Working in Canada
It’s little wonder that more and more expats are considering working in Canada; the nation not only weathered the global recession that left many other G8 economies in shambles, but since 2009, it’s actually added jobs and made positive growth.
As a country with strong commodity export ties to emerging Asian superpowers, Canada remained stable amidst the thick of the crisis, and is still, as in the past, looking for foreign workers to fill skills shortages in key industry sectors.
Additionally, as a land built with the picks and shovels of immigrant labour, Canada has a history of welcoming foreign expats into the nation.
Thus, those with commendable industry experience and a degree of specialisation will find that there is a fair amount of working opportunities in Canada, particularly in Alberta’s oil patch.
Furthermore, experts anticipate that the manpower associated with the local baby boomer generation will be depleted in coming years, and thus Canada will find itself in an even more desperate situation to entice highly-skilled workers and even migrant labourers to relocate to within its borders in order to sustain the expanding, dynamic economy.
Though Canada is often brushed off as a country that thrives due to its abundant possession of natural resources (forestry, fishing and oil and gas), in actuality these industries are not nearly as important as the big business that has come to rule the manufacturing and service industries.
More explicitly, within Canada’s urban centres, expats may be able to find positions in the financial services, real estate, and communications industries, all which have been growing in recent years. Canada even claims just less than 70 of the world’s largest companies, according to a study conducted in Forbes in 2008.
All things considered though, expats moving to Canada from the UK or the US should expect lower wages. Not to mention, a great deal of your monthly salary will go to taxes in Canada. Do note though, that Canada’s urban centres are consistently voted among the best places to live in the world, so a slightly lower income should not affect your quality of life.
Expats considering working in Canada will need either a permanent residence permit or a temporary work visa to do so. In the past, immigration policies more pointedly supported the push to allow foreign workers in the country to resettle for life, but recent changes have put more of an emphasis on enticing temporary workers to the nation who can fill positions that locals cannot. Expats who arrive to work in Canada with temporary work visas cannot apply for permanent residence through the federal system until they obtain provincial consent.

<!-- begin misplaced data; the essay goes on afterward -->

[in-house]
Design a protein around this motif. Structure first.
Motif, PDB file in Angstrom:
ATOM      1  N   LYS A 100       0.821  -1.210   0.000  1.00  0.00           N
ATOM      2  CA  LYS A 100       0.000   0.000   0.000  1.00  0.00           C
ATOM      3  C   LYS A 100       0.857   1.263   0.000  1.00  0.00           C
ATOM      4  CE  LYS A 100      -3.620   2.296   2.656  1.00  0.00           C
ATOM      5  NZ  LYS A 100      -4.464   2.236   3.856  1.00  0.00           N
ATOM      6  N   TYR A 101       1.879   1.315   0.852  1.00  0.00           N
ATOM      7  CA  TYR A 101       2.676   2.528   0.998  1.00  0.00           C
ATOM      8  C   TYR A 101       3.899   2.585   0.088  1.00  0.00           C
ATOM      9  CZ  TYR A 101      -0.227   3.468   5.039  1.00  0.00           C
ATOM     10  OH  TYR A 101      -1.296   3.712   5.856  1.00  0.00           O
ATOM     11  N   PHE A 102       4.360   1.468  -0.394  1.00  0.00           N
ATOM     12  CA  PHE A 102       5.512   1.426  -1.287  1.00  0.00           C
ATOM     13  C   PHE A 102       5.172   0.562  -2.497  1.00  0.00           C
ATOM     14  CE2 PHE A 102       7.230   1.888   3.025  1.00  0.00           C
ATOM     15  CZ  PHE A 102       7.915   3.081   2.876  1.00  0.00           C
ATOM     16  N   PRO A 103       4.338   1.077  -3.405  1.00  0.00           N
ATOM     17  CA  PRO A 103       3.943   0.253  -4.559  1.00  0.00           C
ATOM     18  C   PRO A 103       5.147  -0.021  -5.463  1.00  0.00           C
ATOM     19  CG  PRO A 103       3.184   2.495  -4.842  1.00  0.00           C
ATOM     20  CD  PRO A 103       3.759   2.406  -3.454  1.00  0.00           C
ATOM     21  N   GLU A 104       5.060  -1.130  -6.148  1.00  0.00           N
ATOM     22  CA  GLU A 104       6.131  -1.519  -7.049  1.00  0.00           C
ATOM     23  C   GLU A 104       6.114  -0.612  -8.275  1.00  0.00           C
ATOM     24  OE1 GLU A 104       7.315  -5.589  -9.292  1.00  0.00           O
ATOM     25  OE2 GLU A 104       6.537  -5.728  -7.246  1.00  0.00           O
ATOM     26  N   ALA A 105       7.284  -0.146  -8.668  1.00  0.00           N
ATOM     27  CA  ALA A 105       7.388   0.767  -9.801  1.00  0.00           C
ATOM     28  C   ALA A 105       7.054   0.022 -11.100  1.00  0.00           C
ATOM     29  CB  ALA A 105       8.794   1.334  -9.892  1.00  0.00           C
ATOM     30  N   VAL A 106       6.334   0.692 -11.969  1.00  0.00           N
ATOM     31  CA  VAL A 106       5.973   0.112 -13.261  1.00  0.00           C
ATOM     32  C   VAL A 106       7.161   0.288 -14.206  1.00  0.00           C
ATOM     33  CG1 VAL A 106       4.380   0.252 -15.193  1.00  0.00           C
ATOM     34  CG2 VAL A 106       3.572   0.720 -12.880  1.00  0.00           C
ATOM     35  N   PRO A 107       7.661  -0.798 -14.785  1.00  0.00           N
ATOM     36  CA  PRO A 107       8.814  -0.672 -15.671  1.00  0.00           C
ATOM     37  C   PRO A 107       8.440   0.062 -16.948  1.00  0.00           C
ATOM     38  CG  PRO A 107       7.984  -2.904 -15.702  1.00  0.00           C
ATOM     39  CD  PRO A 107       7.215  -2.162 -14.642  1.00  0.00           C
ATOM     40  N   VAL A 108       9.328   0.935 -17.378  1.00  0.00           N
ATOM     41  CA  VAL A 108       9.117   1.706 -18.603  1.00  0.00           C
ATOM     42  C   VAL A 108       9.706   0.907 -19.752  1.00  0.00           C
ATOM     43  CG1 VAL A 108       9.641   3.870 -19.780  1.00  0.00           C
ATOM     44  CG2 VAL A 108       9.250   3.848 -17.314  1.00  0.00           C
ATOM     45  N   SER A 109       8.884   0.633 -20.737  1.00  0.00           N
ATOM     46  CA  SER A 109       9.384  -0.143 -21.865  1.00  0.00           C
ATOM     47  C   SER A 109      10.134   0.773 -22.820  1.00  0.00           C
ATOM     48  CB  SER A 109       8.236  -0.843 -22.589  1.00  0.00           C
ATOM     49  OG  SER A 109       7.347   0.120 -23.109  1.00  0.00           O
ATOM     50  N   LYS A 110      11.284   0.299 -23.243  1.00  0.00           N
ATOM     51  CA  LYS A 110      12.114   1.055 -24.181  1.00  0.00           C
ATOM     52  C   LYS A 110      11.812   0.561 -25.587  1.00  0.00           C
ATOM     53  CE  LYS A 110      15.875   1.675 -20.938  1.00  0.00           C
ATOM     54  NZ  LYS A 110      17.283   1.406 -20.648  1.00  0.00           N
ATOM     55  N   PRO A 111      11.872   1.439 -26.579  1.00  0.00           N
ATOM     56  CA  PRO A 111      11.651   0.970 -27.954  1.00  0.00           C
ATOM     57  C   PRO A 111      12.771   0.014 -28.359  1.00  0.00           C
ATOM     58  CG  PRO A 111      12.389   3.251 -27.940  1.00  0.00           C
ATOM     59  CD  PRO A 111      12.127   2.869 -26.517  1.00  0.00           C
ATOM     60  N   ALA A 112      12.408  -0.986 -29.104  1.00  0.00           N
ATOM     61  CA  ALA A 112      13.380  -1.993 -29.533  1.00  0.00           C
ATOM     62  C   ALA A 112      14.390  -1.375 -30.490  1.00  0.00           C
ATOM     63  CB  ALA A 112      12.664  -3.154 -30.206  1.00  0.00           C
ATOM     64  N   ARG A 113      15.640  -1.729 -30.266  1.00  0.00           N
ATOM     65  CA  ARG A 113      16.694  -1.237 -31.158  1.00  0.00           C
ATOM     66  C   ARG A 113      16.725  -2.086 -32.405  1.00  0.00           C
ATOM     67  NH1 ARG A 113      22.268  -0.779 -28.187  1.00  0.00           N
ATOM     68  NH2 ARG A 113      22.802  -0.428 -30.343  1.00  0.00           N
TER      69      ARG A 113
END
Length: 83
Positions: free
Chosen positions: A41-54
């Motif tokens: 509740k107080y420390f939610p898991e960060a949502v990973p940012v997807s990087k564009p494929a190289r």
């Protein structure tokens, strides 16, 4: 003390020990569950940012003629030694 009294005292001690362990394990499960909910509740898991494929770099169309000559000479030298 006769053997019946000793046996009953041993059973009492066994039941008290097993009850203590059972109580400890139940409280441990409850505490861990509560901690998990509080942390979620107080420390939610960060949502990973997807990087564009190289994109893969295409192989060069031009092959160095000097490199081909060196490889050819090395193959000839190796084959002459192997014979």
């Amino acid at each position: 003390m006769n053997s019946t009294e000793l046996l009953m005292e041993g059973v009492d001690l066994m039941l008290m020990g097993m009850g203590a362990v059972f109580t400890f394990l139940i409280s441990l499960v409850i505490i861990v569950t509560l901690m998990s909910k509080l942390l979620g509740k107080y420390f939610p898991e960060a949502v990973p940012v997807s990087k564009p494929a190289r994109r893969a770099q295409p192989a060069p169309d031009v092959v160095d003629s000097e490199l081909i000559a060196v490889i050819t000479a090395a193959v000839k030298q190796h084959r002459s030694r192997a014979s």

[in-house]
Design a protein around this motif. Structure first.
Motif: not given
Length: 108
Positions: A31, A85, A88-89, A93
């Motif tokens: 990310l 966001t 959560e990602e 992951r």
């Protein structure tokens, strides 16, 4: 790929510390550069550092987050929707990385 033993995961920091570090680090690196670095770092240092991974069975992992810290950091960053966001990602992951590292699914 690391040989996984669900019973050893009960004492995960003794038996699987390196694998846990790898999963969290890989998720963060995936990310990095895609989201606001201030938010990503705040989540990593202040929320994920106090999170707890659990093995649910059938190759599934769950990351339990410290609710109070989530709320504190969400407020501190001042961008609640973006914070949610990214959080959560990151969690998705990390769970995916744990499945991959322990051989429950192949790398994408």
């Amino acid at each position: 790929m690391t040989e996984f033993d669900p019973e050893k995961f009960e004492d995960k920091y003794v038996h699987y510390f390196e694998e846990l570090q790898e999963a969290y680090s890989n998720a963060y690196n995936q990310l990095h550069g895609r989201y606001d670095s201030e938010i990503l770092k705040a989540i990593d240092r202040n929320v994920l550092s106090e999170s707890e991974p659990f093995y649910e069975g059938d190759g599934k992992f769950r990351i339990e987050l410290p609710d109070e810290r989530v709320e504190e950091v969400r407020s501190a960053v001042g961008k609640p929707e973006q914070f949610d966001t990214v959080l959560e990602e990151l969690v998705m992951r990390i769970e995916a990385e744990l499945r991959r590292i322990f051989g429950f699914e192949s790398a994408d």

Finding a job in Canada
Canada takes pride in its strong infrastructure and well-maintained systems of support, and thus it comes as no surprise that that there are a variety of resources available aimed at helping individuals find a job.
Before expats start their search though, it’s important to recognise that the job market in Canada may not only be very different from that of your homeland, but that different provinces in Canada may demand different skill sets. For example, in Quebec, it may be expected that you have some French language knowledge, and overall, it may be necessary to make sure your qualifications are recognised in the nation (ie. Nurses and doctor qualifications).
Once you’ve answered these questions, expats can start by perusing the government-run online portal Job Bank, which allows individuals to look through listings based on areas within each province and on job category.
Additionally, other Internet listings, like Monster.ca and CareerJet.ca, can also be a good source of leads.
If you already know in which province you’d like to be based, the search can become that much more particular, and you can start consulting the “Jobs” or “Classifieds” sections of local newspapers, and researching the prospect of attending many of the regularly scheduled job fairs.
Furthermore, don’t underestimate the value of networking, and of taking advantage of the newcomers associations in each province.